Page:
A continuación un fragmento del capítulo 8 del libro "Piero Sraffa" de Alessandro Roncaglia, donde plantea las dos distintas concepciones de competencia, una para la economía clásica, otra para la economía neoclásica:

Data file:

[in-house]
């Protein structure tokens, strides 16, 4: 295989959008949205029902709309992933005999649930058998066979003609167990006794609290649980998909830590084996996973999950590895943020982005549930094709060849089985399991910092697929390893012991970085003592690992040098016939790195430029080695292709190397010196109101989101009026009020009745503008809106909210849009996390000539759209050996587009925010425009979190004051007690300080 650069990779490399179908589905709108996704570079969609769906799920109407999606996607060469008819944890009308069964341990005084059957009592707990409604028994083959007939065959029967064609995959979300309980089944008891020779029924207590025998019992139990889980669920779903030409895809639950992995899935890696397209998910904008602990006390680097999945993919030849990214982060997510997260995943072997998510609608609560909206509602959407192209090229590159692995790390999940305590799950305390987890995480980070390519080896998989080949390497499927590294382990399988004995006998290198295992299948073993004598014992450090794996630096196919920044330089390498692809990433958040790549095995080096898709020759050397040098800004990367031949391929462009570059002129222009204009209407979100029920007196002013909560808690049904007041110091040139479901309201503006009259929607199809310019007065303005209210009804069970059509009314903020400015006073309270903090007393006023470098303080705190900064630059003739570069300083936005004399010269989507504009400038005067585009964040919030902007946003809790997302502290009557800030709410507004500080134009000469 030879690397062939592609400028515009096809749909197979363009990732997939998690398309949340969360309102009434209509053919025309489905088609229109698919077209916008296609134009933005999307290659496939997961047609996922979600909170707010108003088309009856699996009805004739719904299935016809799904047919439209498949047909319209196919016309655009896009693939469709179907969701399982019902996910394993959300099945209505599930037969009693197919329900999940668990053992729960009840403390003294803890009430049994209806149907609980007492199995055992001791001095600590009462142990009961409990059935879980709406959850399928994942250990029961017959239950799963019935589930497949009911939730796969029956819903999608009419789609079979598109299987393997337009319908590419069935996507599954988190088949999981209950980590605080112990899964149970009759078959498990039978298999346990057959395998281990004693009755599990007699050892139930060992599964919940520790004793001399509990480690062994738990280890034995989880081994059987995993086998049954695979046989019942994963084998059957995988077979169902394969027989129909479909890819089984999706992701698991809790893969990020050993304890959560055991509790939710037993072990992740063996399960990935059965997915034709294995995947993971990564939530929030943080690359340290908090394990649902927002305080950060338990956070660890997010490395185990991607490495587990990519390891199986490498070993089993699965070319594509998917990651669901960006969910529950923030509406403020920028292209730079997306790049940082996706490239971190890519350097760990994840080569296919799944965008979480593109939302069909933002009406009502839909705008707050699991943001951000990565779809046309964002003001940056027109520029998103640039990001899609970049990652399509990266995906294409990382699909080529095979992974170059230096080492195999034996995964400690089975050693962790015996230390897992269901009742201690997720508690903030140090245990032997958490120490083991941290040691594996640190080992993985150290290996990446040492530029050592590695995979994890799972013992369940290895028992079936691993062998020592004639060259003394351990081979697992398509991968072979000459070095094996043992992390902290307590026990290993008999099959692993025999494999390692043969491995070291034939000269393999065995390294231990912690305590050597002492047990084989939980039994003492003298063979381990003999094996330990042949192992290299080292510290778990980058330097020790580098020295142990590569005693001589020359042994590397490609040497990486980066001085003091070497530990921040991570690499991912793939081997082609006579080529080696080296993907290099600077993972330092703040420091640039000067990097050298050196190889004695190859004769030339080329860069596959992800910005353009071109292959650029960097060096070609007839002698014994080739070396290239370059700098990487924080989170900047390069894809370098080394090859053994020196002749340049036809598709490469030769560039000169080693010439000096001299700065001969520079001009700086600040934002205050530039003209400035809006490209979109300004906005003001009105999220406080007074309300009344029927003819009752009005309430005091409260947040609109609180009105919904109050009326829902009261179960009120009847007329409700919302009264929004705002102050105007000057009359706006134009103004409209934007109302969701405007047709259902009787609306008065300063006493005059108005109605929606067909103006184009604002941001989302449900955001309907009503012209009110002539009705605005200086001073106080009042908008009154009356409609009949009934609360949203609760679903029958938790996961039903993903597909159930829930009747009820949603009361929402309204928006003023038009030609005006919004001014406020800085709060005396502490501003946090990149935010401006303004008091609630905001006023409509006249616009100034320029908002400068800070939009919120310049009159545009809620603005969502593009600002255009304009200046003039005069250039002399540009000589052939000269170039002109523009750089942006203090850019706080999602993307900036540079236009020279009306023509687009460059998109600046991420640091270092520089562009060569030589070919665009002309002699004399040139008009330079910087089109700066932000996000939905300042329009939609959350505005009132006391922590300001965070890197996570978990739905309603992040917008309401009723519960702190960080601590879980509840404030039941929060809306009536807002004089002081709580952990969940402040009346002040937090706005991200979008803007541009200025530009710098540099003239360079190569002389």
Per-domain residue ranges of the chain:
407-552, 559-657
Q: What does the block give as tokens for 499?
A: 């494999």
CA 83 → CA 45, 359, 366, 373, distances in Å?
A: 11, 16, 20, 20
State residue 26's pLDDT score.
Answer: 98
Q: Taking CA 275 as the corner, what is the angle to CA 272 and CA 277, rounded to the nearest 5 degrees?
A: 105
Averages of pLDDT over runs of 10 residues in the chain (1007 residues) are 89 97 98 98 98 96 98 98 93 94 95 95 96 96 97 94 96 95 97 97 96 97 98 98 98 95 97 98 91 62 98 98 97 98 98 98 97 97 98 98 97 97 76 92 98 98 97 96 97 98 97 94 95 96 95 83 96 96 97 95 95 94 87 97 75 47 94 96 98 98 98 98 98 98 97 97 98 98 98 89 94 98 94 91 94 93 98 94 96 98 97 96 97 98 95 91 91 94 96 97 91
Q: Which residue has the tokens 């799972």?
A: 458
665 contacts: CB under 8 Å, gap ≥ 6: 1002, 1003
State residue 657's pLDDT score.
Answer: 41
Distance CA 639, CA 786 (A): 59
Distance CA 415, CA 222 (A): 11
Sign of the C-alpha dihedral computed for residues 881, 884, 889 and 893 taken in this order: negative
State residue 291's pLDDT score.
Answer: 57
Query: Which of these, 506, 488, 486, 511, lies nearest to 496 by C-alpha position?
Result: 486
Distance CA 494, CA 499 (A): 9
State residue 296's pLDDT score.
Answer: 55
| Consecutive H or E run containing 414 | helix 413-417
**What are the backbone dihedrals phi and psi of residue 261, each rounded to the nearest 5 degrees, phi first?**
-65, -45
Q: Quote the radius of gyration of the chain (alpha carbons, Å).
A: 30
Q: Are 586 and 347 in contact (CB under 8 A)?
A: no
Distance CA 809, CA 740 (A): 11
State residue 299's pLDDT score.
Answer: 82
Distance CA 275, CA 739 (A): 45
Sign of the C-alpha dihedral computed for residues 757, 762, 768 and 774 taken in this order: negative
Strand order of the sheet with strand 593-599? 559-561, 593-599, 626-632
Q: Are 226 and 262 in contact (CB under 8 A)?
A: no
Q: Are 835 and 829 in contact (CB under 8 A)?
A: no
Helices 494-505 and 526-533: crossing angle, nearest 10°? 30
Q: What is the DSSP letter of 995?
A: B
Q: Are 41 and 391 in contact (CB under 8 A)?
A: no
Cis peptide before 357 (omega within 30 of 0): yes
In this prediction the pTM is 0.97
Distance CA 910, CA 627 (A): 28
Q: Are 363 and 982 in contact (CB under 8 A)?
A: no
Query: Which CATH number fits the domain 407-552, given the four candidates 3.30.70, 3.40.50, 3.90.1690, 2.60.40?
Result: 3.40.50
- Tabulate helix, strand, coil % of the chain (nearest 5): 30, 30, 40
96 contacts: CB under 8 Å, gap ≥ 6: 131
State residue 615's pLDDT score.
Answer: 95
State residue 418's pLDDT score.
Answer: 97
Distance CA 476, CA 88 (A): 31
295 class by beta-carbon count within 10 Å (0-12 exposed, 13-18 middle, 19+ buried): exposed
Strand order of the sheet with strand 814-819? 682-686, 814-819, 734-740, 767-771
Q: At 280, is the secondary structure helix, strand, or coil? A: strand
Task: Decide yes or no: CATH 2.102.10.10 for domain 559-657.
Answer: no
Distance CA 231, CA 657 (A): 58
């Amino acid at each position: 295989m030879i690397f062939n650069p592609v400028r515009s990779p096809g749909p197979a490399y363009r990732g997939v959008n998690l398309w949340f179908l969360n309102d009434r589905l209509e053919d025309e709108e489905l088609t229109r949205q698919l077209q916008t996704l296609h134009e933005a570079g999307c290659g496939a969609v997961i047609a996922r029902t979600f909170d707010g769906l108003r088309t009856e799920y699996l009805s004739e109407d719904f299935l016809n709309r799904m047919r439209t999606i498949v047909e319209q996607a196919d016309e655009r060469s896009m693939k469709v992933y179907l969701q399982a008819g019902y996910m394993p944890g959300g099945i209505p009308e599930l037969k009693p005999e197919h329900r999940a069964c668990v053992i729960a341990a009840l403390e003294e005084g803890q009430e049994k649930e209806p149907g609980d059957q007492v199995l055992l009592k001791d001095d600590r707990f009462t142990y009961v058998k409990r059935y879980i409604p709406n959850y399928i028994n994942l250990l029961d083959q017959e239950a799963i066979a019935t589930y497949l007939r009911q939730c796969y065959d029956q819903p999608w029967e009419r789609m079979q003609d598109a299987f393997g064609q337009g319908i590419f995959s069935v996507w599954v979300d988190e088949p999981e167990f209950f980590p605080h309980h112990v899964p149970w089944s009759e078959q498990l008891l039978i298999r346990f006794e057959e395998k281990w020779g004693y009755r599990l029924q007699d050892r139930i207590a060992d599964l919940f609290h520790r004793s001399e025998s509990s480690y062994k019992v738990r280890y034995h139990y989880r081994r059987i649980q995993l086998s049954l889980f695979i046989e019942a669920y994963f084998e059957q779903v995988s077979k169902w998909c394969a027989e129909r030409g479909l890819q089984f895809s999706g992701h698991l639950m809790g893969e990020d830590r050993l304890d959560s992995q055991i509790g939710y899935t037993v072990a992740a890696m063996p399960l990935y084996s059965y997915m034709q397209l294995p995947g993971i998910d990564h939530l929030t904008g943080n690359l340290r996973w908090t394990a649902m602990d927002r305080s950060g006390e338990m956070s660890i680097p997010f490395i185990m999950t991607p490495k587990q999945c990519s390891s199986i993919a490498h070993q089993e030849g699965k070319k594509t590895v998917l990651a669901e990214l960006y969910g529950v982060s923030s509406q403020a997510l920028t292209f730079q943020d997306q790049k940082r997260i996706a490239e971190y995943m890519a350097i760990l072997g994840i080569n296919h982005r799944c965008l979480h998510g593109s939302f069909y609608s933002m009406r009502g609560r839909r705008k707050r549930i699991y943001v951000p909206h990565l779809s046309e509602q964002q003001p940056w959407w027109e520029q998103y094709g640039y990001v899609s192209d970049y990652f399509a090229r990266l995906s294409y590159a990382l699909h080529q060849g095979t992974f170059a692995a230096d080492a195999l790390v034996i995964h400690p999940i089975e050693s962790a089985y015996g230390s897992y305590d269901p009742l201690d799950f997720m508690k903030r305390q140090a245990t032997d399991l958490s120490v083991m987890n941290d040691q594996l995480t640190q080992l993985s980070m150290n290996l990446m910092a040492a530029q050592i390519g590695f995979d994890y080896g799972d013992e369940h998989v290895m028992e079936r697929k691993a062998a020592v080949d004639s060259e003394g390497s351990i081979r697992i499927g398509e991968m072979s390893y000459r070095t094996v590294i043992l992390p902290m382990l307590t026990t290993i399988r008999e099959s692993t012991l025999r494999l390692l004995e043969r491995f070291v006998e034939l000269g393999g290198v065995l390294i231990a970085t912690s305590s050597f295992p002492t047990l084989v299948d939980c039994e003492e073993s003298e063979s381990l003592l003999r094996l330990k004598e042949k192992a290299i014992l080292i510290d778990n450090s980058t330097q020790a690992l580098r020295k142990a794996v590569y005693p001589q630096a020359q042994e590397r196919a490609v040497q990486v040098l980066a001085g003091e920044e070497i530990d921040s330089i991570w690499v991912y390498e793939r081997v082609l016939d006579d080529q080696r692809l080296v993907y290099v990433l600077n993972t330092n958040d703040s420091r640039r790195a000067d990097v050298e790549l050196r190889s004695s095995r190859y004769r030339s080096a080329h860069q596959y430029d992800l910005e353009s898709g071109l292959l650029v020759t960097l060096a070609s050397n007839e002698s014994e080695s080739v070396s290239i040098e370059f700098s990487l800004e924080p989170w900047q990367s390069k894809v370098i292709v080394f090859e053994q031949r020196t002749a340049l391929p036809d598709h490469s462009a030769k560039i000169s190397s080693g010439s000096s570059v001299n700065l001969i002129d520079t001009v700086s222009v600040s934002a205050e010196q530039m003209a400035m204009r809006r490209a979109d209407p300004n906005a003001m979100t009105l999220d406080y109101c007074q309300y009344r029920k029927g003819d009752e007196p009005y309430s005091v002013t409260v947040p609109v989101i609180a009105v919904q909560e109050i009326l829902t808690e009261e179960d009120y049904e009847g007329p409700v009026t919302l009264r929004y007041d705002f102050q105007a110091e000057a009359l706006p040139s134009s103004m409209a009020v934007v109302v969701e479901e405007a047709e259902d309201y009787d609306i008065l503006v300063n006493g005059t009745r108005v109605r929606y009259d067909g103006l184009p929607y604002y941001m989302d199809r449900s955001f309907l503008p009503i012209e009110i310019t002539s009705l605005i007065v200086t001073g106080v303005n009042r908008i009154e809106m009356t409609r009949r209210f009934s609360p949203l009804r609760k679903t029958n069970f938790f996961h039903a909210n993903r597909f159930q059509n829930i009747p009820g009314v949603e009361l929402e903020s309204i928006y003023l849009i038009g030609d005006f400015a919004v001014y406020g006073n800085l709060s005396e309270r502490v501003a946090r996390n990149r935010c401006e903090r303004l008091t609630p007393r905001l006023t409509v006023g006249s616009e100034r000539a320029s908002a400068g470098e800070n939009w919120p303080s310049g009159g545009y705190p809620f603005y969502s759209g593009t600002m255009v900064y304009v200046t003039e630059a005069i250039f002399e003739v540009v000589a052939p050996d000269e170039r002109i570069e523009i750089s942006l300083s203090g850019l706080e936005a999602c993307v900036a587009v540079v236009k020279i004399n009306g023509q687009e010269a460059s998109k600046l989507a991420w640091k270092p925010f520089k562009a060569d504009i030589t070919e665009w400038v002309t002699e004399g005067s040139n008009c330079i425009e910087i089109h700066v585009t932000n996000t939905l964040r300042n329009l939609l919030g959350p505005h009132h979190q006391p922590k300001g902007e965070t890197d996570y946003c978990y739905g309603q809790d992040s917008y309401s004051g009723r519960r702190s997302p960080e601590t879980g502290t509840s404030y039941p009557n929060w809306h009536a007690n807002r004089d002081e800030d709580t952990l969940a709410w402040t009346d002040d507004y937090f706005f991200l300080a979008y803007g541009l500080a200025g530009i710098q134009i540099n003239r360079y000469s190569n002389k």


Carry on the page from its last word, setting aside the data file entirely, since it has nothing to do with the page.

"The assumption of a uniform rate of profits in the various sectors thus reflects the classical and Marxian conception of competition based on freedom of entry of new firms into each productive sector. Under such conditions it is, in fact, impossible for any single sector to realise continuously an above-average rate of profits, for new firms would be attracted into the sector in question by the possibility of earning higher profits. As a consequence, productive capacity and supply would rise relative to demand, putting a downward pressure on prices (and vice versa in the case of a rate of profits below the average). This type of competition bears little relation to any particular firm’s ability to set the price of its own product. Nor is it related to the size of any individual firm as a proportion of the entire industry. The only necessary conditions are that technological discontinuities related to a minimum plant size do not play a relevant role, and that legal (and more generally, institutional) obstacles to the free movement of capital between sectors do not exist, so that no barriers to entry exist for new (potential) producers."